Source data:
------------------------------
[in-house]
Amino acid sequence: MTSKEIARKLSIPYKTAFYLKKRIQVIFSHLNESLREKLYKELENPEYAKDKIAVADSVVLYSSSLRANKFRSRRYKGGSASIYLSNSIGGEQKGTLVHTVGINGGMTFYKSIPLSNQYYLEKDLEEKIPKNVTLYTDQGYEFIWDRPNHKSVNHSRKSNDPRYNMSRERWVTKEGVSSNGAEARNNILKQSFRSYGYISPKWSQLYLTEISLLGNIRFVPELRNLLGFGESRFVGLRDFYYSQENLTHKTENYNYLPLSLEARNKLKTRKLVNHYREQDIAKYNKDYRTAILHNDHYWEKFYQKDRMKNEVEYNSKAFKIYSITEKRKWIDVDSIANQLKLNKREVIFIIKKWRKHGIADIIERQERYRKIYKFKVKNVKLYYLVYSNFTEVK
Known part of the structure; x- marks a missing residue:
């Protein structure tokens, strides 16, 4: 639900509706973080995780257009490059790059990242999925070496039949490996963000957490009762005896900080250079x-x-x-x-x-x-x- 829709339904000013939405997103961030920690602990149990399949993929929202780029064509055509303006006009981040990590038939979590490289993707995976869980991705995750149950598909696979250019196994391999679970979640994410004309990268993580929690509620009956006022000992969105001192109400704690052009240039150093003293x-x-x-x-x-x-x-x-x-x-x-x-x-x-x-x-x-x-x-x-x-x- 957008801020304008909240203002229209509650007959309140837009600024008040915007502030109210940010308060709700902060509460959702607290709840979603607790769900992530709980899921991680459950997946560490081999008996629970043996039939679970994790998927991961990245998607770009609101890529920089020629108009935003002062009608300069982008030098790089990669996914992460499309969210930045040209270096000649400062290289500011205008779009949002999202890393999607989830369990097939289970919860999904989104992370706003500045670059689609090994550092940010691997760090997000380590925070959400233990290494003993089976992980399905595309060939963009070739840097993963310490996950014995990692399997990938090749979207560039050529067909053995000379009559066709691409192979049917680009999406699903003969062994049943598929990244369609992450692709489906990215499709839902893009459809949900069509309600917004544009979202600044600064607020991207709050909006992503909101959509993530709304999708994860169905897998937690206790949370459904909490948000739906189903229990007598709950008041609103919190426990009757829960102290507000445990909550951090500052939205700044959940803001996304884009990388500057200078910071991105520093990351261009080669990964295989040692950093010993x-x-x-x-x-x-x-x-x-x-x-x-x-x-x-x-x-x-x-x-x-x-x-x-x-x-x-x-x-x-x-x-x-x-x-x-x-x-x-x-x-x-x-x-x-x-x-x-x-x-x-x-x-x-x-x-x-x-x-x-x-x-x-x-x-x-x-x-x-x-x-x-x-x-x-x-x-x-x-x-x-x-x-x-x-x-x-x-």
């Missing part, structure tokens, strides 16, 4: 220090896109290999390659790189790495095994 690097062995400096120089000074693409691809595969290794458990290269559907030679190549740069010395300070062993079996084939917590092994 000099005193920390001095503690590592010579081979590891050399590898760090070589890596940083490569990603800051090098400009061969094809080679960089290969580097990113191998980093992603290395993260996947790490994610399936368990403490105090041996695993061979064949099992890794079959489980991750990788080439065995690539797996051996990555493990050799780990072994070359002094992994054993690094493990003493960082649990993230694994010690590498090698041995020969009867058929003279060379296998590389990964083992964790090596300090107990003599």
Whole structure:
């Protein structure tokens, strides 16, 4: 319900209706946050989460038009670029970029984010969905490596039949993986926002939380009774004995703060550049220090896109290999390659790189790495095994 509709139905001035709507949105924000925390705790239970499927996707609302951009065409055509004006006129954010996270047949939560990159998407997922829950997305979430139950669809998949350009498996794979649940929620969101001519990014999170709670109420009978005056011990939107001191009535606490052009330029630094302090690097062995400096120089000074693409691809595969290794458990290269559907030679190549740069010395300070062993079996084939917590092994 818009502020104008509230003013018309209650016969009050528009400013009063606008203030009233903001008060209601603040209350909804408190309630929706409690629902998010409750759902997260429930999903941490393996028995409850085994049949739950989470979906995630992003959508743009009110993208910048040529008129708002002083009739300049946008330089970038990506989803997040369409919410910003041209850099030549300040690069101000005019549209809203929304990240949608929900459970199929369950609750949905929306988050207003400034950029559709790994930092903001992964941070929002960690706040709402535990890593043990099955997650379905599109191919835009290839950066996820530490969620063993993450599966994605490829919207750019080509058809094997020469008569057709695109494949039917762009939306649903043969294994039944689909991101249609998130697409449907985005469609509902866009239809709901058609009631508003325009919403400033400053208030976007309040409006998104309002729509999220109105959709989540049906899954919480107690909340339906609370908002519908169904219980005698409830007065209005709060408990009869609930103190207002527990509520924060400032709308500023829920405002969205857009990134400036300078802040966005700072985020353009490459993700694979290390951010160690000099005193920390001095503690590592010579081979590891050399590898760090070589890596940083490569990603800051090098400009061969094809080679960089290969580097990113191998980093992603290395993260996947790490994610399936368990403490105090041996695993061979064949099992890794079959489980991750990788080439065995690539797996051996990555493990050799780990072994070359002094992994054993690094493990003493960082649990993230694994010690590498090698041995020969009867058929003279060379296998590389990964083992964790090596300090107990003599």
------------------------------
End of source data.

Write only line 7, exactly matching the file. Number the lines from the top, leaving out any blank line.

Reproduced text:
């Protein structure tokens, strides 16, 4: 319900209706946050989460038009670029970029984010969905490596039949993986926002939380009774004995703060550049220090896109290999390659790189790495095994 509709139905001035709507949105924000925390705790239970499927996707609302951009065409055509004006006129954010996270047949939560990159998407997922829950997305979430139950669809998949350009498996794979649940929620969101001519990014999170709670109420009978005056011990939107001191009535606490052009330029630094302090690097062995400096120089000074693409691809595969290794458990290269559907030679190549740069010395300070062993079996084939917590092994 818009502020104008509230003013018309209650016969009050528009400013009063606008203030009233903001008060209601603040209350909804408190309630929706409690629902998010409750759902997260429930999903941490393996028995409850085994049949739950989470979906995630992003959508743009009110993208910048040529008129708002002083009739300049946008330089970038990506989803997040369409919410910003041209850099030549300040690069101000005019549209809203929304990240949608929900459970199929369950609750949905929306988050207003400034950029559709790994930092903001992964941070929002960690706040709402535990890593043990099955997650379905599109191919835009290839950066996820530490969620063993993450599966994605490829919207750019080509058809094997020469008569057709695109494949039917762009939306649903043969294994039944689909991101249609998130697409449907985005469609509902866009239809709901058609009631508003325009919403400033400053208030976007309040409006998104309002729509999220109105959709989540049906899954919480107690909340339906609370908002519908169904219980005698409830007065209005709060408990009869609930103190207002527990509520924060400032709308500023829920405002969205857009990134400036300078802040966005700072985020353009490459993700694979290390951010160690000099005193920390001095503690590592010579081979590891050399590898760090070589890596940083490569990603800051090098400009061969094809080679960089290969580097990113191998980093992603290395993260996947790490994610399936368990403490105090041996695993061979064949099992890794079959489980991750990788080439065995690539797996051996990555493990050799780990072994070359002094992994054993690094493990003493960082649990993230694994010690590498090698041995020969009867058929003279060379296998590389990964083992964790090596300090107990003599």